A Navy Vet's Miraculous, Indefinite Recovery from Covid-19

Following multiple brushes with death and a monthslong hospital stay, an Oak Harbor man returned home. But his rehabilitation continues.

By Benjamin Cassidy Photography by Carson Artac September 21, 2020 Published in the Fall 2020 issue of Seattle Met

Photo: Teresa and Dennis Sionson.

Dennis Sionson was lacing up his Adidas one April morning when his world dimmed. The 57-year-old Navy man had battled sickness for several days, his exhaustion so severe that he finally green-lit a trip to the doctor with his wife, Teresa. Probably just a bad cold, he’d thought. But as the couple prepared to leave for the Naval Health Clinic near their Oak Harbor home, Dennis’s breaths grew shorter, his face paler. His vision faded and, in an instant, went completely dark, like someone had switched off the light. His wife watched him crumple to the floor.

The ambulance came quickly after Teresa’s 911 call, whisking Dennis away to WhidbeyHealth Medical Center. His plummeting oxygen level demanded a ventilator. For days the machine sustained him as he fought a raging case of Covid-19, the disease caused by the new coronavirus that had already hospitalized more than 2,000 Washingtonians by the time he arrived at the Coupeville facility on April 2.

Five days after his admittance, Dennis was helicoptered to University of Washington Medical Center in Seattle for more care. Some in the ICU feared that Dennis, tethered to a ventilator for weeks, wouldn’t make it. But over the next three and a half months, the hospital’s treatments would save Dennis, who ultimately suffered a stroke, lung injury, polyneuropathy, and brain damage.

Since the pandemic’s outset, few post-Covid patients have spent this much time rehabilitating the very basics of their being: walking, swallowing, breathing. Dennis wouldn’t leave the hospital until July 21.

Two months before that, he awoke to cheers. He’d finally tested negative for coronavirus. Staffers rejoiced. Dennis, meanwhile, couldn’t yet breathe on his own, let alone celebrate. Or speak.

The soul moves first, Alissa Smith would stress to Dennis. The body would need more time. Smith started her speech-language pathology sessions with him in late May, when he was still bedridden in the ICU and weeks away from walking. His care team had removed his ventilator and inserted a tracheostomy tube, giving him an extra passageway to breathe. The tubing’s positioning ensured that he couldn’t “make a voice yet,” Smith recalls. Face scrunches and scribbled notes (when he wasn’t too tired) would have to suffice for communication. But Dennis also had to conquer something even more fundamental than speaking: He had to learn how to swallow again.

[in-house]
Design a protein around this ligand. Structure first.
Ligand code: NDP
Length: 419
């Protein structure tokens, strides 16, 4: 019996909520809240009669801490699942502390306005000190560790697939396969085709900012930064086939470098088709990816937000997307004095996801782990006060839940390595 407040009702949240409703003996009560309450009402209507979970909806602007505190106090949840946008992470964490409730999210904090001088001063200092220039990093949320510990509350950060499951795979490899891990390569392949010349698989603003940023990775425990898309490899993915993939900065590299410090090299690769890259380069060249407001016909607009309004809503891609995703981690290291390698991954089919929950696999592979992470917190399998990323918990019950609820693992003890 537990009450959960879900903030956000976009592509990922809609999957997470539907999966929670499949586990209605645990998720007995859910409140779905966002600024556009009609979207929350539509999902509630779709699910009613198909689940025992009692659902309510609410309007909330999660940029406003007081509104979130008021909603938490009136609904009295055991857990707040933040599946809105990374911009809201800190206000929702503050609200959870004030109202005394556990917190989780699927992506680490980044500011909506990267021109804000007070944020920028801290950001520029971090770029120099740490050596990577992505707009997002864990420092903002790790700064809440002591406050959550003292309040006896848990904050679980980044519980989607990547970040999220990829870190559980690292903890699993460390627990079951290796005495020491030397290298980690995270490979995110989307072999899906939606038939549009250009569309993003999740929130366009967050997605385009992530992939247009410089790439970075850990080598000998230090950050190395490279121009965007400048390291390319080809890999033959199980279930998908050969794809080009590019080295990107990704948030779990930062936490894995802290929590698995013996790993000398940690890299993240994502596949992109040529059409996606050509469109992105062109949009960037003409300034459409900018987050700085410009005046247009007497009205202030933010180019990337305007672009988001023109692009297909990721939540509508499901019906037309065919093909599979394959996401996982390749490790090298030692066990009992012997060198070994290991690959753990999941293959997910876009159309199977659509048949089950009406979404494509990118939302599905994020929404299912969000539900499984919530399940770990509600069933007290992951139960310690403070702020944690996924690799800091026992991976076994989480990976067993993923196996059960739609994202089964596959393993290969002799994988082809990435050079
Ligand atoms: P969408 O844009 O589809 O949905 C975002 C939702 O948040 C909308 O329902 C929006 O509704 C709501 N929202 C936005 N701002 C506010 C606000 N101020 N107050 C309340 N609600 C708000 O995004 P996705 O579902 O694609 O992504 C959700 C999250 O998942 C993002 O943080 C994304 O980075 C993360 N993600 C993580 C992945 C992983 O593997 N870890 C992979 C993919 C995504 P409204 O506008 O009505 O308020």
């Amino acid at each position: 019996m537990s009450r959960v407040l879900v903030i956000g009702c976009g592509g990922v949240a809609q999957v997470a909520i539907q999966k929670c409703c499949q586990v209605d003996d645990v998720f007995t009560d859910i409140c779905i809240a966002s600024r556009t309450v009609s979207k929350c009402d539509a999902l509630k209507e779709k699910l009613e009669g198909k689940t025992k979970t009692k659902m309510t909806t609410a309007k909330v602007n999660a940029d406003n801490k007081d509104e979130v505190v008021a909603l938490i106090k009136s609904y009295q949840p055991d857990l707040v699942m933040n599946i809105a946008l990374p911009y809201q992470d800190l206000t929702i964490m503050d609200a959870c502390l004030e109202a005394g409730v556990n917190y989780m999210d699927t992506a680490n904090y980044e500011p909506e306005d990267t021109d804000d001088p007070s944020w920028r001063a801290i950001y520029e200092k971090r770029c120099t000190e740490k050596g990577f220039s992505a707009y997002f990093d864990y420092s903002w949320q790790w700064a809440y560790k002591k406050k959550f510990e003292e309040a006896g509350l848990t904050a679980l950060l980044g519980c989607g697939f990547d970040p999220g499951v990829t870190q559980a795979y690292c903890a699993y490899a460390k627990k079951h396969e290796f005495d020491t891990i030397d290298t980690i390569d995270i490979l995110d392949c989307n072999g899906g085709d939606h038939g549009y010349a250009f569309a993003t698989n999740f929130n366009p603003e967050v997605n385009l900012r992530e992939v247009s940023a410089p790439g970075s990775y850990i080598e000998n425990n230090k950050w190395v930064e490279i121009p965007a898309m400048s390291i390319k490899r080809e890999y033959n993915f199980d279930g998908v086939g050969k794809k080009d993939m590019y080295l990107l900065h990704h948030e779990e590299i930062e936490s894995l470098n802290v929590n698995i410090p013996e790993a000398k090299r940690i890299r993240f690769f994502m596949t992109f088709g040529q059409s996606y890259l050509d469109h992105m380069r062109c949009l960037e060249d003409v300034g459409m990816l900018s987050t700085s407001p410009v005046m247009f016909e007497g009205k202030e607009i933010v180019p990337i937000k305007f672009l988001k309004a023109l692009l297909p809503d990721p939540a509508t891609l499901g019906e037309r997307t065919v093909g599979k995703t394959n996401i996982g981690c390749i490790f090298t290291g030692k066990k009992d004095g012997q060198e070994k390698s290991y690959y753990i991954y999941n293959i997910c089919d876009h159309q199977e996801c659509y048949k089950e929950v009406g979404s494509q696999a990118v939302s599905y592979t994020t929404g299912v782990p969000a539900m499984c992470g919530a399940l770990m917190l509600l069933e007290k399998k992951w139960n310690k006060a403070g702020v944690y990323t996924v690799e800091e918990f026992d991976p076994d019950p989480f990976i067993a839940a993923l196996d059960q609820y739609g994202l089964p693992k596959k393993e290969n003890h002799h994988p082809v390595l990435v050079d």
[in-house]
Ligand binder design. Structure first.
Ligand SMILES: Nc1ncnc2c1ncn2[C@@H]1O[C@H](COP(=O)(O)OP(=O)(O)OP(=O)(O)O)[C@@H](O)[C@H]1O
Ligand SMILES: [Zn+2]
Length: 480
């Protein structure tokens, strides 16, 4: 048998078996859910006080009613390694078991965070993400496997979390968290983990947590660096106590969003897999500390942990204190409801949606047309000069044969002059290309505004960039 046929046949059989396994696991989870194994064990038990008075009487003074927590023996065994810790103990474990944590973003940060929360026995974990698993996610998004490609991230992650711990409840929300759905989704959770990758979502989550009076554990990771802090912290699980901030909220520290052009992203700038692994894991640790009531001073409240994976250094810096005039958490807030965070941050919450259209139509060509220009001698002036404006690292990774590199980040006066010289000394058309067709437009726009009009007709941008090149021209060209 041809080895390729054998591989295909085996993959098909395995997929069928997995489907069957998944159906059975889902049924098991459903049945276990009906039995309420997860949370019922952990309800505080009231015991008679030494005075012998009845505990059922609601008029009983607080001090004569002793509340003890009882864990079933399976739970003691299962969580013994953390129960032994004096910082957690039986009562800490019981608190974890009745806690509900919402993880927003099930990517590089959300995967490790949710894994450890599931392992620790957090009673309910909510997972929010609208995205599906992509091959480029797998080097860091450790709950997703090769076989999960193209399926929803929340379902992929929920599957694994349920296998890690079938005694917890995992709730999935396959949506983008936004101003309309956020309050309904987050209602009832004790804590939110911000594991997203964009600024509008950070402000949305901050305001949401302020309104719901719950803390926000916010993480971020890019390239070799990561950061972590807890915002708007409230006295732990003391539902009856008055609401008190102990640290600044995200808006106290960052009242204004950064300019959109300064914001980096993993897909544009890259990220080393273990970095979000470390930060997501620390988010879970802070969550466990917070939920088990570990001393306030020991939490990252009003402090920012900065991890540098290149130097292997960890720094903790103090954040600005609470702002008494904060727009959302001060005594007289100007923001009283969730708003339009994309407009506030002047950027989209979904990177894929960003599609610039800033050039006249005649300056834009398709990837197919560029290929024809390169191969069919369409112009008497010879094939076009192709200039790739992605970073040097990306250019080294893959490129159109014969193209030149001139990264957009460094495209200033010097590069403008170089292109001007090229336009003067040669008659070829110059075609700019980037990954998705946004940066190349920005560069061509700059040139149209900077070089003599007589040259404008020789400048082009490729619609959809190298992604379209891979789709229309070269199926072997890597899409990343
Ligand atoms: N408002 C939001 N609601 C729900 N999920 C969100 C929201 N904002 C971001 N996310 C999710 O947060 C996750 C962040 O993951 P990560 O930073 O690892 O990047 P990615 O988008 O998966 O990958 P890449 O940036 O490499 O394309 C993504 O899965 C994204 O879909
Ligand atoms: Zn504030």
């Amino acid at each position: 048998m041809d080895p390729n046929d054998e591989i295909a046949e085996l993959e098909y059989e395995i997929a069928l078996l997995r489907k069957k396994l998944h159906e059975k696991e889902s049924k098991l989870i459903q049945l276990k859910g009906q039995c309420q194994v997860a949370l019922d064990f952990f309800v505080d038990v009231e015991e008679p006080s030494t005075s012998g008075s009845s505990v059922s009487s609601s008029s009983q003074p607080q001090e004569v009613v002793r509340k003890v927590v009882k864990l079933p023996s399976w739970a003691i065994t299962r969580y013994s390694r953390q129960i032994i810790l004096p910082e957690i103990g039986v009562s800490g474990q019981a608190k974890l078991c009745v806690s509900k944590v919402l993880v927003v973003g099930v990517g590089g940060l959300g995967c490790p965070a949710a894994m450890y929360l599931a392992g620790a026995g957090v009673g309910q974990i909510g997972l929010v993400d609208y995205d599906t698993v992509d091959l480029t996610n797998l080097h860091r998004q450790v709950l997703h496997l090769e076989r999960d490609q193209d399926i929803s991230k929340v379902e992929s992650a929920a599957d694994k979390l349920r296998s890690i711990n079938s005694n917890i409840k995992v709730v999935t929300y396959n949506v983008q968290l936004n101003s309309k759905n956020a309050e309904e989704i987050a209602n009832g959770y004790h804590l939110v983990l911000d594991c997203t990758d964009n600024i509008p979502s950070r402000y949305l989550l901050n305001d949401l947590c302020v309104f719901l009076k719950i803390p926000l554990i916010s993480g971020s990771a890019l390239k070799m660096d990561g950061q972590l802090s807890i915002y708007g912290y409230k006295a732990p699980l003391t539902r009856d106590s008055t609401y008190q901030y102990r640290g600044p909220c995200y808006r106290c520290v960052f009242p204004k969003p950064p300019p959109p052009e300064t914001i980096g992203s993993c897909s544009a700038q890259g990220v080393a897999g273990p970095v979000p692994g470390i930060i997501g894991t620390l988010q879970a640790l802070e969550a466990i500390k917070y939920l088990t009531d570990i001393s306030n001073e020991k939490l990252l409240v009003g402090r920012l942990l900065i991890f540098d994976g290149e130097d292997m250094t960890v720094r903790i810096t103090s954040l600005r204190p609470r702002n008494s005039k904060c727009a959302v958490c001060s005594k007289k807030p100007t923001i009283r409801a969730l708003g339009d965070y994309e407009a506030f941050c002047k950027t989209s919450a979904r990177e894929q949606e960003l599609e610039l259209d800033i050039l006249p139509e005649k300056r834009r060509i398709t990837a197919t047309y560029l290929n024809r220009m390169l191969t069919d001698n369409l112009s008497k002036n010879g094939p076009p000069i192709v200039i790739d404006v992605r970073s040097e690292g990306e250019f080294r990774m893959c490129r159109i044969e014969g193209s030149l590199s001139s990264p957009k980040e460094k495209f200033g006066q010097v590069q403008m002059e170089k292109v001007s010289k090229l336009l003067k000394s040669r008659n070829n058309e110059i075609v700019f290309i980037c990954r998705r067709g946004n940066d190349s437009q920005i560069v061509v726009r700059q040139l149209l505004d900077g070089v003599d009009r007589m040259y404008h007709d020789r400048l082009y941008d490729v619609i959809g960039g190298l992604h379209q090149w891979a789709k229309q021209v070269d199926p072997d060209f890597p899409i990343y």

On their first day together, Dennis gulped barium so that Smith could assess his swallowing performance by x-ray. Disturbingly, she found liquids and solids moved into his airway and toward his lungs instead of his stomach.

Tubes fed Dennis for months. Even as he learned to keep food down, his memory posed an obstacle to retention. His illness had damaged the “white matter” connections in his brain, impairing his cognition and coordination. “I know that it’s kind of hard to remember some things now,” Smith would tell him, “and I don’t really know how much easier that’s going to get.”

Dennis belongs to a growing community of survivors who still endure the virus’s torment long after two-week quarantines and hospital stays. While scientists trained much of their attention early in the pandemic on the disease’s polar effects—lethal and asymptomatic—researchers are increasingly studying its lingering toll on those who have never fully recovered. In perhaps the most extreme finding, roughly 87 percent of a previously hospitalized Italian cohort experienced at least one symptom two months, on average, after the disease’s onset.

Some patients, dubbed “long-haulers,” report symptoms of extreme fatigue, brain fogginess, and chills months after their positive test. And Covid-19 patients are particularly susceptible to post-intensive care syndrome, an umbrella term for persistent physical, cognitive, and psychological complications born from prolonged ICU stays. “My concern is that a lot of these patients will not necessarily bounce back, and that you get this infection in your 30s and your entire life is now changed,” says Dr. Aaron E. Bunnell of UW Medicine’s Department of Rehabilitation Medicine.